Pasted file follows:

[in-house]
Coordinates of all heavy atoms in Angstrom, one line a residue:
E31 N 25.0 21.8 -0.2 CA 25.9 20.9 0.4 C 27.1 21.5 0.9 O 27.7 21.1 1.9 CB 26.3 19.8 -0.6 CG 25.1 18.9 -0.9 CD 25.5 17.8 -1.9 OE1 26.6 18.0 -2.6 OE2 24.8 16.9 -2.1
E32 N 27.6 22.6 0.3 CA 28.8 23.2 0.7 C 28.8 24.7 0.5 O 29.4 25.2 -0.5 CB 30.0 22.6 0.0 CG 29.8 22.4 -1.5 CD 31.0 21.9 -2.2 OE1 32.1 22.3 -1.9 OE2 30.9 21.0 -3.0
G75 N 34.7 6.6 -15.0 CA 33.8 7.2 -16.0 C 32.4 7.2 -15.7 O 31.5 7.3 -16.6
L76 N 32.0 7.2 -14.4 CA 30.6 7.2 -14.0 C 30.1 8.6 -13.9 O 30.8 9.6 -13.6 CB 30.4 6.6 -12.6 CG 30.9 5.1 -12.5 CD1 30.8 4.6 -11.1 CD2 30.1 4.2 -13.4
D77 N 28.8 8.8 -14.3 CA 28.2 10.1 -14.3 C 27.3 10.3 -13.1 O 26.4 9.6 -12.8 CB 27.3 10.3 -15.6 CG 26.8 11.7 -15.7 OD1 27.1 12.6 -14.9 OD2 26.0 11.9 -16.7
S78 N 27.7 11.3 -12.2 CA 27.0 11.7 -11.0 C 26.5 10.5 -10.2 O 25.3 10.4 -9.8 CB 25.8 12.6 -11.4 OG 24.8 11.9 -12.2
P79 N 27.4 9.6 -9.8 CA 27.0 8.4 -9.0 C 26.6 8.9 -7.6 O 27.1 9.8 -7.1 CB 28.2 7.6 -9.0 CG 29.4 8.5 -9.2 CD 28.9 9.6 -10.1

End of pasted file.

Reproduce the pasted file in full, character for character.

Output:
[in-house]
Coordinates of all heavy atoms in Angstrom, one line a residue:
E31 N 25.0 21.8 -0.2 CA 25.9 20.9 0.4 C 27.1 21.5 0.9 O 27.7 21.1 1.9 CB 26.3 19.8 -0.6 CG 25.1 18.9 -0.9 CD 25.5 17.8 -1.9 OE1 26.6 18.0 -2.6 OE2 24.8 16.9 -2.1
E32 N 27.6 22.6 0.3 CA 28.8 23.2 0.7 C 28.8 24.7 0.5 O 29.4 25.2 -0.5 CB 30.0 22.6 0.0 CG 29.8 22.4 -1.5 CD 31.0 21.9 -2.2 OE1 32.1 22.3 -1.9 OE2 30.9 21.0 -3.0
G75 N 34.7 6.6 -15.0 CA 33.8 7.2 -16.0 C 32.4 7.2 -15.7 O 31.5 7.3 -16.6
L76 N 32.0 7.2 -14.4 CA 30.6 7.2 -14.0 C 30.1 8.6 -13.9 O 30.8 9.6 -13.6 CB 30.4 6.6 -12.6 CG 30.9 5.1 -12.5 CD1 30.8 4.6 -11.1 CD2 30.1 4.2 -13.4
D77 N 28.8 8.8 -14.3 CA 28.2 10.1 -14.3 C 27.3 10.3 -13.1 O 26.4 9.6 -12.8 CB 27.3 10.3 -15.6 CG 26.8 11.7 -15.7 OD1 27.1 12.6 -14.9 OD2 26.0 11.9 -16.7
S78 N 27.7 11.3 -12.2 CA 27.0 11.7 -11.0 C 26.5 10.5 -10.2 O 25.3 10.4 -9.8 CB 25.8 12.6 -11.4 OG 24.8 11.9 -12.2
P79 N 27.4 9.6 -9.8 CA 27.0 8.4 -9.0 C 26.6 8.9 -7.6 O 27.1 9.8 -7.1 CB 28.2 7.6 -9.0 CG 29.4 8.5 -9.2 CD 28.9 9.6 -10.1